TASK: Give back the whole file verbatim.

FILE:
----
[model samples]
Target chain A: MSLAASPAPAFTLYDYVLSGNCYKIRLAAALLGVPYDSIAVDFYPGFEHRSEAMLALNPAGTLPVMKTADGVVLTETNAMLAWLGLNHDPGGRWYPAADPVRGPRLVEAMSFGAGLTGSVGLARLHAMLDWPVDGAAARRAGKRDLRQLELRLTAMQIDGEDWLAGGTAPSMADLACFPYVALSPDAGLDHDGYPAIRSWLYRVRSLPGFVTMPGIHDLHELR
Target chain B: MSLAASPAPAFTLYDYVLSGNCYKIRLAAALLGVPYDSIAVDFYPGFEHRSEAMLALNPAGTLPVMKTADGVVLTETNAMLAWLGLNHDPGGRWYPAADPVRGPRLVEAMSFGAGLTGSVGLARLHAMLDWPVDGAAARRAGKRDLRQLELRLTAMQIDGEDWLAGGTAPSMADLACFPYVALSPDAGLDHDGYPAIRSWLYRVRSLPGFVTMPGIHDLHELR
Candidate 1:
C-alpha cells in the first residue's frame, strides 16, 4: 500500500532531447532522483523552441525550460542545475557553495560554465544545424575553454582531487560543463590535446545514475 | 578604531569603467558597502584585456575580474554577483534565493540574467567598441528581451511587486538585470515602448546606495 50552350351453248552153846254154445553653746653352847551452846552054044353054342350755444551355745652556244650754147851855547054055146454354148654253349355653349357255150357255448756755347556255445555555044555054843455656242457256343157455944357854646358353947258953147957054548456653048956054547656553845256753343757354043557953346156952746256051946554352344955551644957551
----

[model samples]
Target chain A: MSLAASPAPAFTLYDYVLSGNCYKIRLAAALLGVPYDSIAVDFYPGFEHRSEAMLALNPAGTLPVMKTADGVVLTETNAMLAWLGLNHDPGGRWYPAADPVRGPRLVEAMSFGAGLTGSVGLARLHAMLDWPVDGAAARRAGKRDLRQLELRLTAMQIDGEDWLAGGTAPSMADLACFPYVALSPDAGLDHDGYPAIRSWLYRVRSLPGFVTMPGIHDLHELR
Target chain B: MSLAASPAPAFTLYDYVLSGNCYKIRLAAALLGVPYDSIAVDFYPGFEHRSEAMLALNPAGTLPVMKTADGVVLTETNAMLAWLGLNHDPGGRWYPAADPVRGPRLVEAMSFGAGLTGSVGLARLHAMLDWPVDGAAARRAGKRDLRQLELRLTAMQIDGEDWLAGGTAPSMADLACFPYVALSPDAGLDHDGYPAIRSWLYRVRSLPGFVTMPGIHDLHELR
Candidate 1:
C-alpha cells in the first residue's frame, strides 16, 4: 500500500532531447532522483523552441525550460542545475557553495560554465544545424575553454582531487560543463590535446545514475 | 578604531569603467558597502584585456575580474554577483534565493540574467567598441528581451511587486538585470515602448546606495 50552350351453248552153846254154445553653746653352847551452846552054044353054342350755444551355745652556244650754147851855547054055146454354148654253349355653349357255150357255448756755347556255445555555044555054843455656242457256343157455944357854646358353947258953147957054548456653048956054547656553845256753343757354043557953346156952746256051946554352344955551644957551